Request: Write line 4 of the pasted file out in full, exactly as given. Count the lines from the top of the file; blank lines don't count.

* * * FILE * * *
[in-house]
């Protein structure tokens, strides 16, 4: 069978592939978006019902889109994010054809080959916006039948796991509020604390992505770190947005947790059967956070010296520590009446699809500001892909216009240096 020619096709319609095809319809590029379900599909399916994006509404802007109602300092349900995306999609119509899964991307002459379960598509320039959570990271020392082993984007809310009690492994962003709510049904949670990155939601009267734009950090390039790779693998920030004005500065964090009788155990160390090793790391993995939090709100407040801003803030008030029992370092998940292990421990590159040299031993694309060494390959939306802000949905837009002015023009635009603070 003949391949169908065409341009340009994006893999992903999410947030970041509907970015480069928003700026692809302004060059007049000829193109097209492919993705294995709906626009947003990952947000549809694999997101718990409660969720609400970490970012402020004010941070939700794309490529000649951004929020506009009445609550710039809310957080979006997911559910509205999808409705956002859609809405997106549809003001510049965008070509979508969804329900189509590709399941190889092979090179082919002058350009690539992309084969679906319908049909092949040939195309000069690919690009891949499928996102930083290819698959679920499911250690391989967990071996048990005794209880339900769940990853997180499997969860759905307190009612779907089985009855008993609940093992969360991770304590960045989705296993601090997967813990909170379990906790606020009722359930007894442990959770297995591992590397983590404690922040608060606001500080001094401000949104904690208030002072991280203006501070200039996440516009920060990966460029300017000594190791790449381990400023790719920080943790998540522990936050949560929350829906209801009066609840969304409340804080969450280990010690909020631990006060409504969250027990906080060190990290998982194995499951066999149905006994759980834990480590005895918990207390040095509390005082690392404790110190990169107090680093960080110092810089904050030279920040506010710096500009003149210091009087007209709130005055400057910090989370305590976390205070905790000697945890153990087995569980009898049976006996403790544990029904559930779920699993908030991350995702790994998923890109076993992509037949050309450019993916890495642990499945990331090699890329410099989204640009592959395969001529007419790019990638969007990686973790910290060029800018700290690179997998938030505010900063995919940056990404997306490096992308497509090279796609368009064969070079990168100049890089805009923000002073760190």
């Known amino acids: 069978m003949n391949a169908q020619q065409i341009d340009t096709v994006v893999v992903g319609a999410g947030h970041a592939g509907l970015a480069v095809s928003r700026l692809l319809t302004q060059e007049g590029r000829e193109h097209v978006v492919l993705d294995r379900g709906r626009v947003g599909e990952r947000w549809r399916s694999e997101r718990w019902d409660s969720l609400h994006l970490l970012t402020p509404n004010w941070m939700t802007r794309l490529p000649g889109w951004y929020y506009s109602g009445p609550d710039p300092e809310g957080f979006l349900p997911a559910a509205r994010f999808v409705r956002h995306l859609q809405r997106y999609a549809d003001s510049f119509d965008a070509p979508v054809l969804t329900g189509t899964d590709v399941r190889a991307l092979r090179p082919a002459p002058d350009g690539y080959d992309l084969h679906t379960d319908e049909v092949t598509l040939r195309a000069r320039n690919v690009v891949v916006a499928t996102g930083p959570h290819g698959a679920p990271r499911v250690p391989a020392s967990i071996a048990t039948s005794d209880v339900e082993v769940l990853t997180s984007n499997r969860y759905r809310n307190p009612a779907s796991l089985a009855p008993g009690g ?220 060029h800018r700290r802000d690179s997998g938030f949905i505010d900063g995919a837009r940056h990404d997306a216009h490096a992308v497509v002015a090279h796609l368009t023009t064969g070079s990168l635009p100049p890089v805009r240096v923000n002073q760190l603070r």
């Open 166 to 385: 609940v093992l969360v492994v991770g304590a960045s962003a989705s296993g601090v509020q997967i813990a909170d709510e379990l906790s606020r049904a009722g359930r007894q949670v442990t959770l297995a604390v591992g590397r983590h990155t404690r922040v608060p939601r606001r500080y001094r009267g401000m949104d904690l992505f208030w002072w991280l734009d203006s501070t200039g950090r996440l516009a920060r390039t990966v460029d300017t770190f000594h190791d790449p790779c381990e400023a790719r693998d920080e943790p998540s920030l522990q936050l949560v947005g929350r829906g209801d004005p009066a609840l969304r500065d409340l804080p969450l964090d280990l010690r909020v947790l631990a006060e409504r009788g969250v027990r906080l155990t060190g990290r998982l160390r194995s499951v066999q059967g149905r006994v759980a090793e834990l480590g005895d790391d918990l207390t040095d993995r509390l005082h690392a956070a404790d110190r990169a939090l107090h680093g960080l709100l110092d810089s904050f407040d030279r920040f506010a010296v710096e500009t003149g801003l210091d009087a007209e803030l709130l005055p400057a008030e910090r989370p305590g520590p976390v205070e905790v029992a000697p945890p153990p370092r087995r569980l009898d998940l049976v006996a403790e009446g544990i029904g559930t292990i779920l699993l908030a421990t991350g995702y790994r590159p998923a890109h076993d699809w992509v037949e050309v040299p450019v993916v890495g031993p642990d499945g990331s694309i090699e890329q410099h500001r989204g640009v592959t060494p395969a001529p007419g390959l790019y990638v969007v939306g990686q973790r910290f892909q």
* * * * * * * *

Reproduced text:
């Open 166 to 385: 609940v093992l969360v492994v991770g304590a960045s962003a989705s296993g601090v509020q997967i813990a909170d709510e379990l906790s606020r049904a009722g359930r007894q949670v442990t959770l297995a604390v591992g590397r983590h990155t404690r922040v608060p939601r606001r500080y001094r009267g401000m949104d904690l992505f208030w002072w991280l734009d203006s501070t200039g950090r996440l516009a920060r390039t990966v460029d300017t770190f000594h190791d790449p790779c381990e400023a790719r693998d920080e943790p998540s920030l522990q936050l949560v947005g929350r829906g209801d004005p009066a609840l969304r500065d409340l804080p969450l964090d280990l010690r909020v947790l631990a006060e409504r009788g969250v027990r906080l155990t060190g990290r998982l160390r194995s499951v066999q059967g149905r006994v759980a090793e834990l480590g005895d790391d918990l207390t040095d993995r509390l005082h690392a956070a404790d110190r990169a939090l107090h680093g960080l709100l110092d810089s904050f407040d030279r920040f506010a010296v710096e500009t003149g801003l210091d009087a007209e803030l709130l005055p400057a008030e910090r989370p305590g520590p976390v205070e905790v029992a000697p945890p153990p370092r087995r569980l009898d998940l049976v006996a403790e009446g544990i029904g559930t292990i779920l699993l908030a421990t991350g995702y790994r590159p998923a890109h076993d699809w992509v037949e050309v040299p450019v993916v890495g031993p642990d499945g990331s694309i090699e890329q410099h500001r989204g640009v592959t060494p395969a001529p007419g390959l790019y990638v969007v939306g990686q973790r910290f892909q």